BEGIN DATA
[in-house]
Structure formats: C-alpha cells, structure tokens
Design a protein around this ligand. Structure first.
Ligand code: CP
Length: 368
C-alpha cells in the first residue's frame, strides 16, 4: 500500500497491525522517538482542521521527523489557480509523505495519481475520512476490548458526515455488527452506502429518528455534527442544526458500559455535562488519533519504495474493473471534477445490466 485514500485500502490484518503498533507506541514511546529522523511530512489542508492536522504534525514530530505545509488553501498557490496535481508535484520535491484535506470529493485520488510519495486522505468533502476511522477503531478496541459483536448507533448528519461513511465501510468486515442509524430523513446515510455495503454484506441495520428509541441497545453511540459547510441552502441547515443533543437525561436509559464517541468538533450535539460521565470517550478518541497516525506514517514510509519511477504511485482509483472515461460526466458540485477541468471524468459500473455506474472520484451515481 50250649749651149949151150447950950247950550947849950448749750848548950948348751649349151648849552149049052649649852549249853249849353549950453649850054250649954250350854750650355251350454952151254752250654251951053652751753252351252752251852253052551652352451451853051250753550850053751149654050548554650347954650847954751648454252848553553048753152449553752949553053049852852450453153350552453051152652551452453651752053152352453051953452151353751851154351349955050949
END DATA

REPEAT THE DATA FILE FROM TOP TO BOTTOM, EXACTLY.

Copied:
[in-house]
Structure formats: C-alpha cells, structure tokens
Design a protein around this ligand. Structure first.
Ligand code: CP
Length: 368
C-alpha cells in the first residue's frame, strides 16, 4: 500500500497491525522517538482542521521527523489557480509523505495519481475520512476490548458526515455488527452506502429518528455534527442544526458500559455535562488519533519504495474493473471534477445490466 485514500485500502490484518503498533507506541514511546529522523511530512489542508492536522504534525514530530505545509488553501498557490496535481508535484520535491484535506470529493485520488510519495486522505468533502476511522477503531478496541459483536448507533448528519461513511465501510468486515442509524430523513446515510455495503454484506441495520428509541441497545453511540459547510441552502441547515443533543437525561436509559464517541468538533450535539460521565470517550478518541497516525506514517514510509519511477504511485482509483472515461460526466458540485477541468471524468459500473455506474472520484451515481 50250649749651149949151150447950950247950550947849950448749750848548950948348751649349151648849552149049052649649852549249853249849353549950453649850054250649954250350854750650355251350454952151254752250654251951053652751753252351252752251852253052551652352451451853051250753550850053751149654050548554650347954650847954751648454252848553553048753152449553752949553053049852852450453153350552453051152652551452453651752053152352453051953452151353751851154351349955050949